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It’s been decades of genocide Aung San

by Salaamedia

20 September 2017 | Words and images: Azhar Vadi | Cox’s Bazaar

Featured image: A mother hold her one day old baby born at a refugee camp. She has 5 other children

The rain has been falling incessantly in Cox’s Bazaar region and the Rohingya living in makeshift refugee camps on the border between Myanmar and Bangladesh have another day to survive.

Despite their blood churning stories finally drawing the attention of the world towards their plight, it seems that nothing different will happen today and not much will change.

For each individual, newly born babies, weakened grannies, barefooted men and women, their only mission for the next 24 hours would be to stay alive, find something to eat and looking forward to the next 24 hours.

After being carried for 10 days by her sons, this Rohingya lady was on the brink of death. She was rushed to a nearby clinic soon after. Pic: Azhar Vadi

After being carried for 10 days by her sons, this Rohingya lady was on the brink of death. She was rushed to a nearby clinic soon after. Pic: Azhar Vadi

The task is easier said than done in flapping plastic camps alongside roads that have become mud pools.

With close to 500 000 new arrivals in Bangladesh since a surge in violence against the Muslim minority group in Myanmar by the army on August 25, NGO’s have been struggling to keep up.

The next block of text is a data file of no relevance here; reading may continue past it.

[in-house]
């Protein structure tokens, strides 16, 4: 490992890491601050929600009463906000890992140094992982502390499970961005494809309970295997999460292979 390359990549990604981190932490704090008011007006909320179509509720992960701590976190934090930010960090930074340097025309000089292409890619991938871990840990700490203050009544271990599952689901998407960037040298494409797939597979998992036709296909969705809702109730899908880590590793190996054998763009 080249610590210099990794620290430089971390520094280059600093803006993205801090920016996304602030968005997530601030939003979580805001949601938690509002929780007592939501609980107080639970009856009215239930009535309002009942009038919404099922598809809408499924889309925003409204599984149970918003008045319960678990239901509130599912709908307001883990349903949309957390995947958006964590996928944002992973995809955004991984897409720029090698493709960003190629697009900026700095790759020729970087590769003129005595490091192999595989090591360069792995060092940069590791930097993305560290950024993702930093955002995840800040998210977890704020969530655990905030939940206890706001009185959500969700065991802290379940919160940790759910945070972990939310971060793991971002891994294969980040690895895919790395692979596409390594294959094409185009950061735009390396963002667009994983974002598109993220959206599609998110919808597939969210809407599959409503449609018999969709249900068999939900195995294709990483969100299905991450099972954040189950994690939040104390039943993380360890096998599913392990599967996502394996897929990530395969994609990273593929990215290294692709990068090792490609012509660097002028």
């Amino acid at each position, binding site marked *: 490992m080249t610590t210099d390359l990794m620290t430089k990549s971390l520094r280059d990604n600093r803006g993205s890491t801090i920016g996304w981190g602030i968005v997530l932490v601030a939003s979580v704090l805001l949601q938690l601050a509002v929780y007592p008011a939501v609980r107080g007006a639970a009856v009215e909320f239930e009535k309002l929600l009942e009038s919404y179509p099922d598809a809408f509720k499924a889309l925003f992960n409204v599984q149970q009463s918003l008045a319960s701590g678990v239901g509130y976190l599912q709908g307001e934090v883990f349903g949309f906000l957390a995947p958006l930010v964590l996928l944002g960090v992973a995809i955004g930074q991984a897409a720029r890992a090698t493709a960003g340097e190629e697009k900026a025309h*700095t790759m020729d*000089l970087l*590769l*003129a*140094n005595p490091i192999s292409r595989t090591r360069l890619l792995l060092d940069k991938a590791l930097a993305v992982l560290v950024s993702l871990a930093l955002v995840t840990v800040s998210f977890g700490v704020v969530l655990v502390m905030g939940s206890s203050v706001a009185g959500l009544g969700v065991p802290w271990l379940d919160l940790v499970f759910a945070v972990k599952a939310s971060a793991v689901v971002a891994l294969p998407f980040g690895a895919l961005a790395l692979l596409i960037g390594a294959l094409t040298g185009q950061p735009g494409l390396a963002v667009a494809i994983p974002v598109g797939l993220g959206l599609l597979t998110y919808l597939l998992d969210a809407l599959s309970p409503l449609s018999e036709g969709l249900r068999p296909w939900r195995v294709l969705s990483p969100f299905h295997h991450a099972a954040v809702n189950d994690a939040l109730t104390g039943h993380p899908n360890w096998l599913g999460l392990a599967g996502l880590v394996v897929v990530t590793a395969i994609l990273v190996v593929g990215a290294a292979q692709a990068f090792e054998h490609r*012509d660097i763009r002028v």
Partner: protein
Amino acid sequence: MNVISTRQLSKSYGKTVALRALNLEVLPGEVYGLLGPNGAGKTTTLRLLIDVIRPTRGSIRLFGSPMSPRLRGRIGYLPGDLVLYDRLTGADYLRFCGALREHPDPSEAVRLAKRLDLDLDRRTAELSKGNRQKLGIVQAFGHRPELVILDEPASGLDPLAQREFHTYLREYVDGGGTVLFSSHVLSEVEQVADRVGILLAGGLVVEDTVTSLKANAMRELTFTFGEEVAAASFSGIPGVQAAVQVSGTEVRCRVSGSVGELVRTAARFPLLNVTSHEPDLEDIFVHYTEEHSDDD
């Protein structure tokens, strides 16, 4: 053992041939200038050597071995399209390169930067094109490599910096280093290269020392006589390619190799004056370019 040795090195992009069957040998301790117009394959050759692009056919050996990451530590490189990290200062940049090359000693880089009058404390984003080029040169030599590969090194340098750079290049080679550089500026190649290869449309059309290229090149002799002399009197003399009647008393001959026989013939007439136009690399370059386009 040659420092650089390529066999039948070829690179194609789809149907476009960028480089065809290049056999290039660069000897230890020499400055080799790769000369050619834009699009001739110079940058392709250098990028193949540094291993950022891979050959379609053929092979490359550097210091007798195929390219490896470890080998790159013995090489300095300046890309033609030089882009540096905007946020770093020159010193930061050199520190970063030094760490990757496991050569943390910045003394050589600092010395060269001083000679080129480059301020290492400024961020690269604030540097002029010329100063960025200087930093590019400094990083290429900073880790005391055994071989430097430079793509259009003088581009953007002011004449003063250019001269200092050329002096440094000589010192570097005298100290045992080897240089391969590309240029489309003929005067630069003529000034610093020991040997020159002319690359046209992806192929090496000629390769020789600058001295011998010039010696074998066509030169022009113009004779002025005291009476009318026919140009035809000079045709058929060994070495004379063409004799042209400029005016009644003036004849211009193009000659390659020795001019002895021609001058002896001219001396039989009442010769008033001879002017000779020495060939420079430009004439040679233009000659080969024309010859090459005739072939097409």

There has simply not been enough food, medicine and shelter being provided and with the Myanmar leader Aung San Suu Kyi’s address to the world on Tuesday regarding the crisis, it seems as if she has created more questions than answers.

In her 30 min speech, the Nobel Peace laureate said the Myanmar government wanted to find out the reason why the Rohingya had fled the country and poured into Bangladesh. Her proposed ignorance to the issues were put forward despite a report published on 23 August 2017 by the former Secretary-General of the UN, Kofi Annan.

This report was commissioned by the Myanmar government and clearly pointed out the core problems faced by the Rohingya in Myanmar’s Rakhine state: statelessness, a lack of citizenship, police and military brutality, the lack of jobs and economic opportunity.

Her claim of not knowing can only seen as a weak attempt to protect the Myanmar military as the facts on the ground have long since pointed towards a constructed and directed genocide. The aim has simply been to ethnically cleanse the Rakhine state of the Rohingya people, a population not even regarded as citizens of the Myanmar by a decree of 1982.

No Man's Land. The opposite side of the river is Myanmar. Pic: Azhar Vadi

No Man’s Land. The opposite side of the river is Myanmar. Pic: Azhar Vadi

And this particular point has long been the objective of the Myanmar regime. As early as October 2014 the International State Crime Initiative at the Queen Mary University in London published a report indicating that the aim of the Myanmar government has been to remove the Rohingya systematically from the region. The British research institute noted that this has been a slow genocide already spanning three decades.